What is LED Lighting?

LED Lighting on Stairs

LED Lighting Defined

The LED (light-emitting diode) is a modern, smart home friendly product that’s only beginning to revolutionize the ways your home and business are illuminated.

History of the LED

Electroluminescence – the fact that certain materials emit light when subjected to electricity – was discovered back in 1907 by British researcher H.J. Round. But it was another 20 years before Russian scientist Oleg Losev created the first LED.

The world was slow to pursue the idea; it wasn’t until 1955 that RCA researcher Rubin Braunstein used semiconductor materials to create a functional system of interactive LEDs.

In 1961, scientists working for Texas Instruments obtained the first patent for an LED light. The same year, Nick Holyonak of GE produced the first yellow, red, and red-orange LEDs. Soon LEDs were appearing as indicator and status lights on all kinds of electrical equipment, from home stereos to industrial control panels.

In 1976, scientists T.P. Pearsall produced the first high-intensity LED designed for use in fiber optics. These new, brighter LEDs were incorporated into automotive lights, flashlights, and in controlled arrays, to produce images on TV screens and computer monitors, and now home lighting.

How LED Lighting Works

Today’s LED is typically a chip of semiconductor material containing impurities that create a positive-negative junction for electrical currents. When electricity flows from positive to negative, the electrons combine with “electron holes” in the semiconductor and the material begins to emit photons – light. The color of the light is determined by the material used, a phenomena known as the energy band gap. LEDs are often composite; for example, a mix of red, green, and blue LEDs creates white light.

Benefits of LEDs

Energy Savings – Your LEDs require only about 25 percent of the electricity used in traditional bulbs. This saves you on electrical bills, and reduces the overall demand on the electrical grid.

More Efficient – In conventional bulbs, light is diffused in all directions; even with reflectors, about half of the light is wasted. LED light flows in one direction, so that you can use LEDs to light specific areas without mirrors or special lenses.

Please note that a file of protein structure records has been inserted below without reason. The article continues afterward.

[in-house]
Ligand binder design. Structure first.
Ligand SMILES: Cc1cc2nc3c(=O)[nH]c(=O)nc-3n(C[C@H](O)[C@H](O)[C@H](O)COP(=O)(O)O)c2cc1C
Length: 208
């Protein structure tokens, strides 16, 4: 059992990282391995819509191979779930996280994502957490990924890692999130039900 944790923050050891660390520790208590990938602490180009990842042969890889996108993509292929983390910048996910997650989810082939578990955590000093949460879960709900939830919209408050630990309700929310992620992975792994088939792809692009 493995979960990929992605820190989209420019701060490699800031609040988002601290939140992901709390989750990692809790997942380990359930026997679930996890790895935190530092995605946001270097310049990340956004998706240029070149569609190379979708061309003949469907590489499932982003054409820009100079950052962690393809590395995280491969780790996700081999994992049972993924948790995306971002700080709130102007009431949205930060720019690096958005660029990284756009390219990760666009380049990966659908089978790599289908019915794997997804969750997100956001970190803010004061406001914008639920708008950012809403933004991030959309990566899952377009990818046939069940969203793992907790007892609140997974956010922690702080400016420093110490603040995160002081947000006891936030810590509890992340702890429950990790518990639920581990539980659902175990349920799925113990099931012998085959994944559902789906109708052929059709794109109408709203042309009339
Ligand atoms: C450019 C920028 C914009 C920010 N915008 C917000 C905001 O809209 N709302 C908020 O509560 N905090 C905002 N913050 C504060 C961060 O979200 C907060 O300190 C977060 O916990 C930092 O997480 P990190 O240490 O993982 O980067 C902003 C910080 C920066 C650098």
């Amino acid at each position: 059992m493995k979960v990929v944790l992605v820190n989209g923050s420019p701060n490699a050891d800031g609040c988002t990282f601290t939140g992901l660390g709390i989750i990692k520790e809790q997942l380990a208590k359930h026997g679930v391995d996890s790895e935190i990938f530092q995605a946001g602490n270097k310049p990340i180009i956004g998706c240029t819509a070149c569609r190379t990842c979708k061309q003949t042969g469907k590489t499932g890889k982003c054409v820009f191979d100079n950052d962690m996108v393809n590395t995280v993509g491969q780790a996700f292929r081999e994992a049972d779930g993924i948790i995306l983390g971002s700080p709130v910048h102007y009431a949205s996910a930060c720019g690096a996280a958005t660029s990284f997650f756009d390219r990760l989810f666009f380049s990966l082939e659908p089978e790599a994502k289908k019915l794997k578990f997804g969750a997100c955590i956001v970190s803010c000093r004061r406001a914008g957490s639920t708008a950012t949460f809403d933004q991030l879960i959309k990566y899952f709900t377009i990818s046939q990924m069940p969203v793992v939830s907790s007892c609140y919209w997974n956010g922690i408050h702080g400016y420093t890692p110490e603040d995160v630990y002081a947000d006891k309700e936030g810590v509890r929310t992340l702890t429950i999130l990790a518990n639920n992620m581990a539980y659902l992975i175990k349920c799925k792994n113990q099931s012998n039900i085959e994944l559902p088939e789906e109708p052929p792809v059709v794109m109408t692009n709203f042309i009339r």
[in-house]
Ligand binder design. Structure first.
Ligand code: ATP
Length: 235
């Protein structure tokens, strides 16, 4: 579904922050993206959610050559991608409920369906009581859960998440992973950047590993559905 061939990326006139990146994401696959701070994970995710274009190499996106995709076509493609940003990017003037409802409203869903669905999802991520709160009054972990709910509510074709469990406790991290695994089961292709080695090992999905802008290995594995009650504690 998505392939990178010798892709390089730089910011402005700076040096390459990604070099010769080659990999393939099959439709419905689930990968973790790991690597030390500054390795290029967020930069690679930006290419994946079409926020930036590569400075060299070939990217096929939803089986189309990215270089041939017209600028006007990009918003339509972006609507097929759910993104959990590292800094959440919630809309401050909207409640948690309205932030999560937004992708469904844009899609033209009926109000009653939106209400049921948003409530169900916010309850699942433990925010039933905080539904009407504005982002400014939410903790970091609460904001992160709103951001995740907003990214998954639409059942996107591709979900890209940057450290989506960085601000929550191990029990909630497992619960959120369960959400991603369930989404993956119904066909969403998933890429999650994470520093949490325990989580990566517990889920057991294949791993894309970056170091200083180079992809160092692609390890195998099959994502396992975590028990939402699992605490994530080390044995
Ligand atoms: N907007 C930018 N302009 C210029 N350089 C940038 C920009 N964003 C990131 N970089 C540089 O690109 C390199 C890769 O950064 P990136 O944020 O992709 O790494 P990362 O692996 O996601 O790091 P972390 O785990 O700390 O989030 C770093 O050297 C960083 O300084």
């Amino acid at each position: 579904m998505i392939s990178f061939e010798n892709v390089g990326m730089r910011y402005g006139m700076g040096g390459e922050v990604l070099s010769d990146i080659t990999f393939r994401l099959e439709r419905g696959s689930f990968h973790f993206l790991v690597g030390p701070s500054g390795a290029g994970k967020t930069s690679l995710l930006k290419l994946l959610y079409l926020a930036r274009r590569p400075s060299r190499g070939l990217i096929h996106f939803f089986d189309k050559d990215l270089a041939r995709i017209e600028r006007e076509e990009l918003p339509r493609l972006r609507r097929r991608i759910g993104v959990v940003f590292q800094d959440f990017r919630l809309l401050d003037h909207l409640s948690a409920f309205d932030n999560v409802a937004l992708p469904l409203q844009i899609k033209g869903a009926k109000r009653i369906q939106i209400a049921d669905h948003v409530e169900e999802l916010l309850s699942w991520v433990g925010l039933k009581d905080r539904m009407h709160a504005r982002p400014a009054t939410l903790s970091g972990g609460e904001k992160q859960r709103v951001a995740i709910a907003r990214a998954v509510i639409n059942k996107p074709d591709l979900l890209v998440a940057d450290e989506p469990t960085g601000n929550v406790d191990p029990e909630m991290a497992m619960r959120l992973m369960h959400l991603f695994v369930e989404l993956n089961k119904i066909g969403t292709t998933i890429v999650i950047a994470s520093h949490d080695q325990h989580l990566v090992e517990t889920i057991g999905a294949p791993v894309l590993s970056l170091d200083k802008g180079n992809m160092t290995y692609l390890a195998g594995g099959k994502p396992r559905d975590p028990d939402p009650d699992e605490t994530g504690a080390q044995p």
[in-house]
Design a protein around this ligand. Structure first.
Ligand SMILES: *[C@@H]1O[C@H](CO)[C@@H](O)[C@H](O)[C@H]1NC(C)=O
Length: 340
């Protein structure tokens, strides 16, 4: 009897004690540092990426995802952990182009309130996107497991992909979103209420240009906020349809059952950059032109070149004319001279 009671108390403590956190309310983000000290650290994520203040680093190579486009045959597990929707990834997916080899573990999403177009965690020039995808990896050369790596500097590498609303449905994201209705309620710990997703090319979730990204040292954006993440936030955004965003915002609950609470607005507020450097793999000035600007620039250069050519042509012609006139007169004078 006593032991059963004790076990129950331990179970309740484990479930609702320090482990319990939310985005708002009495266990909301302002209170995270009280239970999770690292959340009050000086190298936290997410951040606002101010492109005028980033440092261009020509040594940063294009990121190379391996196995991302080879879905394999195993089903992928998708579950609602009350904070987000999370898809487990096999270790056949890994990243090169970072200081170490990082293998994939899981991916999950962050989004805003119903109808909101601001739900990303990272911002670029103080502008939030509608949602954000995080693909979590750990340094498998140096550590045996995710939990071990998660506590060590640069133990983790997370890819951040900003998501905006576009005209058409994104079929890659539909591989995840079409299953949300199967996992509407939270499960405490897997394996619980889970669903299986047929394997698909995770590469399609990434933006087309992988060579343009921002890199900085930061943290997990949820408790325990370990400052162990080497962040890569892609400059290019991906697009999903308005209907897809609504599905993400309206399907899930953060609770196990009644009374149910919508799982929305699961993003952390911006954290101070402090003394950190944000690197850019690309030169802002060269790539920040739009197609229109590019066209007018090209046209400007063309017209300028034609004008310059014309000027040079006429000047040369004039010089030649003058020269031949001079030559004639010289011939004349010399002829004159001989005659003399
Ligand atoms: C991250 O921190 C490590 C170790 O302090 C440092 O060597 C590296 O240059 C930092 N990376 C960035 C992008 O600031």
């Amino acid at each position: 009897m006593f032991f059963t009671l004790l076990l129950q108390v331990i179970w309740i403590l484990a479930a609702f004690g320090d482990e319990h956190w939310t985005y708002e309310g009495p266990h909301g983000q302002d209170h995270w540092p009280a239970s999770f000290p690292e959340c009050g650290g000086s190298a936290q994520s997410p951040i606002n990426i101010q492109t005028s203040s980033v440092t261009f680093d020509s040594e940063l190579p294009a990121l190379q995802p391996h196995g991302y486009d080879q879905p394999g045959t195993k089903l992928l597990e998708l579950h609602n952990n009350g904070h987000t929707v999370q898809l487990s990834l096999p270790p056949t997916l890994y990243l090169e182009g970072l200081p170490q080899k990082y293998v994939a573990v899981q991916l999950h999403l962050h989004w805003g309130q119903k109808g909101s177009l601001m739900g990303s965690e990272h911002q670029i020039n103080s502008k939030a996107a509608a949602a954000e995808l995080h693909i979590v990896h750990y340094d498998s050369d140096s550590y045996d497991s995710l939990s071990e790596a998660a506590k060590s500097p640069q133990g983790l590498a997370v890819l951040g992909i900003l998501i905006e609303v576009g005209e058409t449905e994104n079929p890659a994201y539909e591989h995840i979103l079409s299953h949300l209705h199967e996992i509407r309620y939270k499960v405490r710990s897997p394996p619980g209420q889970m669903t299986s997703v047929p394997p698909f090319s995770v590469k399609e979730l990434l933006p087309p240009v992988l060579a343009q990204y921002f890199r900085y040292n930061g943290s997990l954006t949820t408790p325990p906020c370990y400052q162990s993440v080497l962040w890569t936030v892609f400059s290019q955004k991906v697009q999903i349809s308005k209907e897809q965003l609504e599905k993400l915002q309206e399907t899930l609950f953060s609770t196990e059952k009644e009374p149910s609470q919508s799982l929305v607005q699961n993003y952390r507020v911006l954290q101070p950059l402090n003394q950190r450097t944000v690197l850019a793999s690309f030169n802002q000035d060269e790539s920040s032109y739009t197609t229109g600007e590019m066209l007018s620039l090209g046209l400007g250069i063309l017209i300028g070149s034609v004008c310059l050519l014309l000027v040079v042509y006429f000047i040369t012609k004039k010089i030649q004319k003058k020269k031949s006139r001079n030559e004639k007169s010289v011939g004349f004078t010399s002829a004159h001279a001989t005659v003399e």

Safer – Because they are so much more efficient, LEDs give off little heat, making them safer to your touch, or in flammable environments. They are also much more durable and don’t leave broken glass on your floor when damaged.

Eco-friendly Solution – LEDs last far longer than conventional bulbs. This means less trash for you, less glass in local landfills, and the reduced production of conventional lights helps preserve the environment.

Applications of LED

LED lights are smart home friendly. They can be integrated into structural wiring and controlled via computers, mobile phones and sensors. You can maintain desired light levels at certain times of the day or year, turn lights on or off when people enter or leave a room, or activate them as part of a security system. In large industrial buildings, lights can be spaced to illuminate long corridors or crucial equipment with minimal waste.

LED lighting products are usually recessed and strategically located to conserve living space and energy, though they are also found as more traditional fixtures to satisfy wide tastes in lighting design. Older homes can easily undergo retrofitting with LED lighting.

Future of LEDs

With all the advantages, LEDs are rapidly becoming the favored alternative in homes and commercial structures. They are also used in virtually every modern electrical appliance. Undoubtedly you will see even more innovative lighting design.

As usage spreads, and both semiconductor materials and LED installation designs become more sophisticated, LEDs will provide more advantages for society as a whole. Some estimate that within the next 15 years, LEDs will save us $30 billion annually. Reducing electrical bills, and in the process reduce our electrical consumption by as much as 45,000 megawatts.

Contact your electrician at Southern Electric to learn more about energy and cost saving lighting solutions.




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